The Gadabursi—unprepared, overpowered and forced away from their towns—hastily put together a militia to resist further incursions of the SNM. The newly formed Somali Democratic Alliance (SDA) did not accomplish much as it never gained the full backing of the elders.
Abdi Warabe said as soon as the SDA began to form, “we as [Isak] elders reached out to Sheikh Muse Godad and Abdillahi Sheikh Ali Jowhar [two prominent Gadabursi] elders with a request to dismantle the [SDA].” The reason was that the movement would cause more unrest. The two elders agreed with him, and were active in dismantling the SDA. The Gadabursi elders had their own motivation for dismantling the SDA. Sheikh Abdillahi said the Gadabursi tribe faced three options with the incursion of the SNM. The first option was to vacate their land and never return; the second option was to fight back and cause more mayhem. The third option was to seek mutual peace. The elders sought the latter option, understanding that the future of these tribes’ was inevitably closely inter-twined and inter-dependent.
They disarmed the SDA militia and other armed groups, and sought a political settlement. The elders were to travel to Berbera and Bur’ao to call for reconciliation and forgiveness. All human and material loss of the war was to be forgiven and forgotten. A new course of history was to be chartered in the Grand Borama Conference of 1993. Abdi Warabe sarcastically said that the Isak elders selected Borama as the site of the conference because they knew Gadabursis had underground granaries with the means to feed five hundred tribal delegates. A year after the conference, two armed, rival, branches of the Isak tribe—the Garxajis and the Habar Awal—fought over the revenue from the Hargeisa Airport and the port of Berbera. President Maxmed Ibrahim Cigal was appointed in the Borama Conference to consolidate Somaliland, build a state, and take over the airport and the port with a more neutral force. The Garxajis confederation of tribes saw him as a Habar Awal president after their revenue. After endless and fruitless negotiations with the tribes, President Cigal declared war against the tribes and set out to remove them from the airport by force. That unleashed two years of intra-tribal feuds. The feuding tribes destroyed what was left of Hargeisa and killed hundreds of people. After two years of battle a settlement was reached by the elders to end the war.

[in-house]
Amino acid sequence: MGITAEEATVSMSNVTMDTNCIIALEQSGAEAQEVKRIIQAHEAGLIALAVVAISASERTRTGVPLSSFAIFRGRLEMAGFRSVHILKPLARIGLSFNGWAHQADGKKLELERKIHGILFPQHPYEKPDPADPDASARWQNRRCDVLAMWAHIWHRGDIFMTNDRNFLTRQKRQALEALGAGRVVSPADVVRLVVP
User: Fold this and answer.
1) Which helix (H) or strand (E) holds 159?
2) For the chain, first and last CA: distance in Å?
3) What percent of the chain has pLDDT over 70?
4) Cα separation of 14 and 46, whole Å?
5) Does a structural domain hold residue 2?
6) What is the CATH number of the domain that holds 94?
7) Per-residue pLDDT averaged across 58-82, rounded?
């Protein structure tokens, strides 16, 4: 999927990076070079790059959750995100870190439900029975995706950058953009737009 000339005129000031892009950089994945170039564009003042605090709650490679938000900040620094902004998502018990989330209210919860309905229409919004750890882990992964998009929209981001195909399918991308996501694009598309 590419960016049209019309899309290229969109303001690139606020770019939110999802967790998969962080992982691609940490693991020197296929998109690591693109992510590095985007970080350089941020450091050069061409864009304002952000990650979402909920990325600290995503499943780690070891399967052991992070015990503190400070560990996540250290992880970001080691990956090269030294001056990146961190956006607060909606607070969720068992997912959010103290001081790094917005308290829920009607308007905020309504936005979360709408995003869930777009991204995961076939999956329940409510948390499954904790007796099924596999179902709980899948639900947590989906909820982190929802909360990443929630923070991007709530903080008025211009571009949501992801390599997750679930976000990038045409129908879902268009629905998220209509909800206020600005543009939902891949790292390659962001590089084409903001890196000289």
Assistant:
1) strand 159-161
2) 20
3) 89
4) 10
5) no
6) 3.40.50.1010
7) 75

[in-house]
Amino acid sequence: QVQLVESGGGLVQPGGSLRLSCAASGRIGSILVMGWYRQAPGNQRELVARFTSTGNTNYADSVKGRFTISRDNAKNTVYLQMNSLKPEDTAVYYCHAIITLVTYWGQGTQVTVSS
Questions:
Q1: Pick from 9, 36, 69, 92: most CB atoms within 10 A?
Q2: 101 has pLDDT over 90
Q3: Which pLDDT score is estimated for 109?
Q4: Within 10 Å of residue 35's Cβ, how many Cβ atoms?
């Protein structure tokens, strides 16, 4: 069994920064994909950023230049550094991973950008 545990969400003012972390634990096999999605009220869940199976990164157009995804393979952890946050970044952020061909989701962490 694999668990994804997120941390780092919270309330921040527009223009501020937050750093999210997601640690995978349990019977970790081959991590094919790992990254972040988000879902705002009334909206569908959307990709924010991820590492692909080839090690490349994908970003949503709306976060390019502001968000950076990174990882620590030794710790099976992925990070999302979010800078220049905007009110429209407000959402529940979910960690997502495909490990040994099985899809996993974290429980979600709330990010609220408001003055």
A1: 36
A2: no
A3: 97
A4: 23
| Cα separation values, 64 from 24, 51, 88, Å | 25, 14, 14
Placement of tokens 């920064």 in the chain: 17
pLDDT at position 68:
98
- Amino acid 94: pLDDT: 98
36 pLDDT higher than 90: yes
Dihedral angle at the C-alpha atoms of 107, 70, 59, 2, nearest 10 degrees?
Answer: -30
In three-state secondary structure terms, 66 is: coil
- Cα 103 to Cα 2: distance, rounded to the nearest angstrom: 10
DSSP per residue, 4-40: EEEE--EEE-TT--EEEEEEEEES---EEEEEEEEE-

The conflicts of the civil war had many overlapping levels. There was the state versus the tribes; tribes versus other tribes; and there were internal tribal wars. Every tribe has a mass grave to unearth. The atrocities of the civil war left no tribe unscathed.
The question of who is responsible for the genocide is clear. Those responsible for genocide cannot be “cherry picked.” Every tribe has perpetrators, and no tribe is willing to prosecute its own. If Somaliland tribal relations are to improve, Somaliland must adhere to its covenant, the Borama Peace and Reconciliation Charter. In that charter five hundred elders from Somaliland agreed that the only way forward was not prosecution, but a commitment to forgiveness, clemency and moving forward. This blanket amnesty got the SNM off the hook. The creation of the so called “Somaliland War Crime Commission” is in violation of the Borama charter. The exhumation of victims’ bodies only sows the seeds of discord and memories of bloodshed in every household. As Sheikh Hassan Daheye (a Gadabursi leader) said, “If Somalis from different tribes cannot forgive each other after thirty years, I, too, will exhume my victims. I have more bones than those of all the Isaks who perished in these battles.”
By Jaafar M Sh Jama